that owners of a Superformance MKII FIA will have virtually the same driving
experience as those original racers from the '60s.
The Superformance MKII FIA bodywork replicates the European FIA regulated form
but is here produced in fiberglass. While every one of the FIA cars differed in
some small way from the others, one of the identifying characteristics were the
different colored stripes painted
across the fenders and hood of the Team Shelby cars.
The Superformance MKII FIA features the larger Le Mans type fuel filler placed
almost directly behind the passenger’s seat to enable easier pit refilling. Just
like the originals, cars may also be fitted with a small wind deflecting shield
to prevent fuel being sucked out and into the car at speed.
More fuel was required in the endurance-racing FIA cars, so a special long-range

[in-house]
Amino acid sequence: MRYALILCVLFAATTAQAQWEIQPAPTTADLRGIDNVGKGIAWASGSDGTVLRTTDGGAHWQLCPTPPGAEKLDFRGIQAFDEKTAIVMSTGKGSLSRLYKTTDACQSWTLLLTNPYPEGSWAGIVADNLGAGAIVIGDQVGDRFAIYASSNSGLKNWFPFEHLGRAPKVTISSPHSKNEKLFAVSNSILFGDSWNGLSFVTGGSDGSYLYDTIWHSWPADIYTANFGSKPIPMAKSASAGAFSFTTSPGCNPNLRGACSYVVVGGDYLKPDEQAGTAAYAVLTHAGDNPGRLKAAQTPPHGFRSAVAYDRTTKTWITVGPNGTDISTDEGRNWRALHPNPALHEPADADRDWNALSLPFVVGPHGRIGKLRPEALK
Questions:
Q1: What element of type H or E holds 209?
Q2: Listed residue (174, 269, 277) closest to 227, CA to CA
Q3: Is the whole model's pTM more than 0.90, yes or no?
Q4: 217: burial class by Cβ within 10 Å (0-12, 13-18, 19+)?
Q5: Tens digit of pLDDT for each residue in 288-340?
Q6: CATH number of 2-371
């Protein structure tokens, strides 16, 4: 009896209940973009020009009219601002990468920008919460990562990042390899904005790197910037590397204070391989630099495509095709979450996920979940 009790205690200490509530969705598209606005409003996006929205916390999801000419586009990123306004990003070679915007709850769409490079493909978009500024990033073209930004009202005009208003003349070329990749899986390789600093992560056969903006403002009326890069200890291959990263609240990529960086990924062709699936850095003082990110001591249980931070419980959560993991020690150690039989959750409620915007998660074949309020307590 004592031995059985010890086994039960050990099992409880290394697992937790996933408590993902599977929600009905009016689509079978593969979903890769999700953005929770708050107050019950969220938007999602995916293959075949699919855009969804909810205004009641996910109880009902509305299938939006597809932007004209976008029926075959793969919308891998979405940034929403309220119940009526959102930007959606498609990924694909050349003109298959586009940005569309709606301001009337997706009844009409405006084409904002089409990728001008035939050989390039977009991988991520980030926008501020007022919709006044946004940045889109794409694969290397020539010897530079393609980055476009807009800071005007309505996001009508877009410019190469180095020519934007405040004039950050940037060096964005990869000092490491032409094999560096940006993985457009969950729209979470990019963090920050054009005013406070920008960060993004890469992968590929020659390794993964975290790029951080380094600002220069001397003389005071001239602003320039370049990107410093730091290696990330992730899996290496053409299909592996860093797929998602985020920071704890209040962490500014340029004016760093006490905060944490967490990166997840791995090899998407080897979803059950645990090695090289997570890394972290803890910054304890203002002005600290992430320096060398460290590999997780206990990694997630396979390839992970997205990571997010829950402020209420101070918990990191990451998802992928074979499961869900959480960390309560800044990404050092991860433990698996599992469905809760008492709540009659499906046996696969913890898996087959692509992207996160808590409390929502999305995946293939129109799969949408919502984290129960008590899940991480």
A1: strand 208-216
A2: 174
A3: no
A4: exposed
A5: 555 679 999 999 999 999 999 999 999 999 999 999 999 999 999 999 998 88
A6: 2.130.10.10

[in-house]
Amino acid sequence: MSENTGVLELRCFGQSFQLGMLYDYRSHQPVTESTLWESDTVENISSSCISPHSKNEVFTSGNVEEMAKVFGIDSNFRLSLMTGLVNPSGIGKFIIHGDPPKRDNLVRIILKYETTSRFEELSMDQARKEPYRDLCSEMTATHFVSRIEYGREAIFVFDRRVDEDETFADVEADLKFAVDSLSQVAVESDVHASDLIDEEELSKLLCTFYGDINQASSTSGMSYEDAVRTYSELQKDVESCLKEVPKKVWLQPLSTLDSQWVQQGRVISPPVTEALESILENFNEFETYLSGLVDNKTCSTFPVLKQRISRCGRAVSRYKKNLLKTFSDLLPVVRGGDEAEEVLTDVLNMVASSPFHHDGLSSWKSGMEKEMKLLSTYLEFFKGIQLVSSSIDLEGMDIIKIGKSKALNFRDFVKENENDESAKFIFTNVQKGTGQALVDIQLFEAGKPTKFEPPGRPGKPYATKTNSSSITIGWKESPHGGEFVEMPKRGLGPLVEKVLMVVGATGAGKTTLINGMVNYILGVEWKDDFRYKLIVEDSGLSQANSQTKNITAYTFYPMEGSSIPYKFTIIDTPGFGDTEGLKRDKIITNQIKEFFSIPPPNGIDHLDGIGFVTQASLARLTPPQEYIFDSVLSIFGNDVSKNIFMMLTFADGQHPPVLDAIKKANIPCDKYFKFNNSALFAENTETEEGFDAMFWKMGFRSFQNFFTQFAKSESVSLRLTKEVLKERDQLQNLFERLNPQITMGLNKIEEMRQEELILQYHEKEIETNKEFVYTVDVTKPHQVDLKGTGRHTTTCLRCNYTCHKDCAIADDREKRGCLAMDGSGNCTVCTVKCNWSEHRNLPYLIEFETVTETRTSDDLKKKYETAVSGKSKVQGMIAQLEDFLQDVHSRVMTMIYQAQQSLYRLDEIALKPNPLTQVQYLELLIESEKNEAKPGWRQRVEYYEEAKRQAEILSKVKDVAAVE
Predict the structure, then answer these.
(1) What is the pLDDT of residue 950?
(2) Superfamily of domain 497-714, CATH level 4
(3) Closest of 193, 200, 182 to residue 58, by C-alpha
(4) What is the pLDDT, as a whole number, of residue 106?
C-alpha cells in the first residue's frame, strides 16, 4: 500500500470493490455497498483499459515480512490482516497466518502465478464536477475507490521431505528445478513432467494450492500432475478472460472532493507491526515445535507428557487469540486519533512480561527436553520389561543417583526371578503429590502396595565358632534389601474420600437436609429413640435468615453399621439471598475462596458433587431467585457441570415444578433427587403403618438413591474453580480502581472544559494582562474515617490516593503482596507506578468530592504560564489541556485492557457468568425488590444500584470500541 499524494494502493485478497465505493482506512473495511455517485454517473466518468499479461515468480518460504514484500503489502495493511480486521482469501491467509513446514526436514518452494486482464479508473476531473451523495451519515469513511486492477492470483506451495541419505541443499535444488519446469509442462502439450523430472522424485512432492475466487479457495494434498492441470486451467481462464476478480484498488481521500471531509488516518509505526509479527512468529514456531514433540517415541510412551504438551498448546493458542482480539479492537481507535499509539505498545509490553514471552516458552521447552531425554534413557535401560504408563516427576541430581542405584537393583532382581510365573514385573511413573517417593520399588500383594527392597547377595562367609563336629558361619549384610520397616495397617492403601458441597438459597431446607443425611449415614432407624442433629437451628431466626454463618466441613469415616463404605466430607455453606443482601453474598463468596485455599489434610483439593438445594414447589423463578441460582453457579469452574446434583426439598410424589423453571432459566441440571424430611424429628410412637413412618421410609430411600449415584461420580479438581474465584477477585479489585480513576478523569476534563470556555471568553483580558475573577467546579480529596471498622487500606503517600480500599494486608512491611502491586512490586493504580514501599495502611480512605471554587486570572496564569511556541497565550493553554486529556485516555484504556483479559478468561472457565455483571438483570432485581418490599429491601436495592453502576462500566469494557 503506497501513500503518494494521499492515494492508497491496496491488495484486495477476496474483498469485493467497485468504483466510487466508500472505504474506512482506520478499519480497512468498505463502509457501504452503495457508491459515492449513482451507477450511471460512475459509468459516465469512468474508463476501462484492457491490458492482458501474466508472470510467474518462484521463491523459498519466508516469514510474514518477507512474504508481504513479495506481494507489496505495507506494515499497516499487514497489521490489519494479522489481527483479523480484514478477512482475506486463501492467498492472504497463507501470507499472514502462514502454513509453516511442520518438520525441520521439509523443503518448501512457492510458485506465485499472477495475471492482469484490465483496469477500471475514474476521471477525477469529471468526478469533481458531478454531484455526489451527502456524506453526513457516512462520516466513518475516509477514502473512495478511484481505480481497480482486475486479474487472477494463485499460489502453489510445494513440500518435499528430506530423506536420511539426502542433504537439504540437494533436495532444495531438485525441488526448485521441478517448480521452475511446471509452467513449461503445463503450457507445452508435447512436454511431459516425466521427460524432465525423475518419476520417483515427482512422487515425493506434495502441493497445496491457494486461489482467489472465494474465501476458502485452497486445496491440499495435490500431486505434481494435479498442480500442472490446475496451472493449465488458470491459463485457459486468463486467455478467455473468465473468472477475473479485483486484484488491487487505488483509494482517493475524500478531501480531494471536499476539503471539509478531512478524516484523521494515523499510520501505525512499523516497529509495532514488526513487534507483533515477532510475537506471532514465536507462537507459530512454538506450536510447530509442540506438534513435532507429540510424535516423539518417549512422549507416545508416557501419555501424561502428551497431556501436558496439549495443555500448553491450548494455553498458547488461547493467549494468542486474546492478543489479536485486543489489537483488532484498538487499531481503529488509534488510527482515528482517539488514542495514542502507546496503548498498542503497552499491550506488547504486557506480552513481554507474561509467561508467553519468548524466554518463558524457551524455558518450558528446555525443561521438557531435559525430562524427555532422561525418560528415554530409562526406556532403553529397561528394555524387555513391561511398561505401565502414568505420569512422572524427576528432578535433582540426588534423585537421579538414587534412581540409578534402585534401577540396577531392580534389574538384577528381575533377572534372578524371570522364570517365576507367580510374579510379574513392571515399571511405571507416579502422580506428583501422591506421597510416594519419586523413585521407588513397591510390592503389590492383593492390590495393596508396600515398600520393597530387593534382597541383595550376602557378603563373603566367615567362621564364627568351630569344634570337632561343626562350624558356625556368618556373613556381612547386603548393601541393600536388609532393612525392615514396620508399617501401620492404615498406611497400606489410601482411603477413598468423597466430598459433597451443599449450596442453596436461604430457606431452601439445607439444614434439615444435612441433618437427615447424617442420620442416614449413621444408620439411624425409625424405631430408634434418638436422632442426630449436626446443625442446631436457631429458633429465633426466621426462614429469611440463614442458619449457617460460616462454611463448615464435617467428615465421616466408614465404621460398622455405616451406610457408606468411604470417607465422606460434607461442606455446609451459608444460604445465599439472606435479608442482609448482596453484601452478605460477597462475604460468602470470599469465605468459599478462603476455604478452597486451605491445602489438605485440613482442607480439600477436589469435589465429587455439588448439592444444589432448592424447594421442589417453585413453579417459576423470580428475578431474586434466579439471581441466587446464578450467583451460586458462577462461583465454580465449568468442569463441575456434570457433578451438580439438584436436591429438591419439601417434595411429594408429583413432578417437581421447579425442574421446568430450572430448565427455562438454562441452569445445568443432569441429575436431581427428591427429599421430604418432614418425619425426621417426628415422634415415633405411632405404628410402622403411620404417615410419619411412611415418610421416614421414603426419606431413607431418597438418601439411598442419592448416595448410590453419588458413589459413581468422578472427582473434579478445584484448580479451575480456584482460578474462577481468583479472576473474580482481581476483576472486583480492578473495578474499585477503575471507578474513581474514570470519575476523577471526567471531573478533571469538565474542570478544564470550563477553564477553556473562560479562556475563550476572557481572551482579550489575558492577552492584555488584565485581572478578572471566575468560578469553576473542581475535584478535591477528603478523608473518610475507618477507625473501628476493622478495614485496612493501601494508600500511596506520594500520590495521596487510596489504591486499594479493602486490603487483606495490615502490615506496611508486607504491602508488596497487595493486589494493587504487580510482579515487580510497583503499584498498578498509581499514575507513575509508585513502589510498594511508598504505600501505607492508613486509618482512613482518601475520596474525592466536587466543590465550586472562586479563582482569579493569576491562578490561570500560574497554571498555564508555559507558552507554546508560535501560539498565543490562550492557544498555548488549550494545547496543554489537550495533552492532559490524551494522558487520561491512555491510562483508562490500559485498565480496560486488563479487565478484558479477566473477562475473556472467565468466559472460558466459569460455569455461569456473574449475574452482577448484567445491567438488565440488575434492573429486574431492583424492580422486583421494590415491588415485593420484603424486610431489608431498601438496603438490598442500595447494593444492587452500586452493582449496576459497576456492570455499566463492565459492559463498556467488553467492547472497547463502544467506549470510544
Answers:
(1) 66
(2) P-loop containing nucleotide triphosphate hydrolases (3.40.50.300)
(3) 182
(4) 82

fuel cell was fitted in the trunk. Because the FIA required there be enough room in the
trunk for a regulation size suitcase as well, two dimples had to be "engineered"
into the boot lid for it to close properly. Legend has it that the first dimples
were actually created when the aluminum trunk lid was slammed shut over the
luggage by a frustrated mechanic. The reserve fuel switchover valve has been
placed on the floor between the driver's legs just in front of his seat.
The hood of the Superformance MKII FIA also gets special treatment. The rivets that appear on the front
of the hood were there to prevent the aluminum from being torn off of its frame
at high speed. This was known to happen on the originals, due to the high
pressure build-up in the engine compartment. The fender air vents helped to
alleviate that problem and to remove excess heat from the engine compartment as
well. Fiberglass air scoops are also fitted in three locations to feed cold air
onto the front and rear brakes as well as into the cabin foot wells.
Because of the use of larger tires on the FIA cars, the rear and doors were
modified to accommodate them. Cut back doors and a more bulbous rear appeared,
and the front fenders were flared even further to cover the larger front tires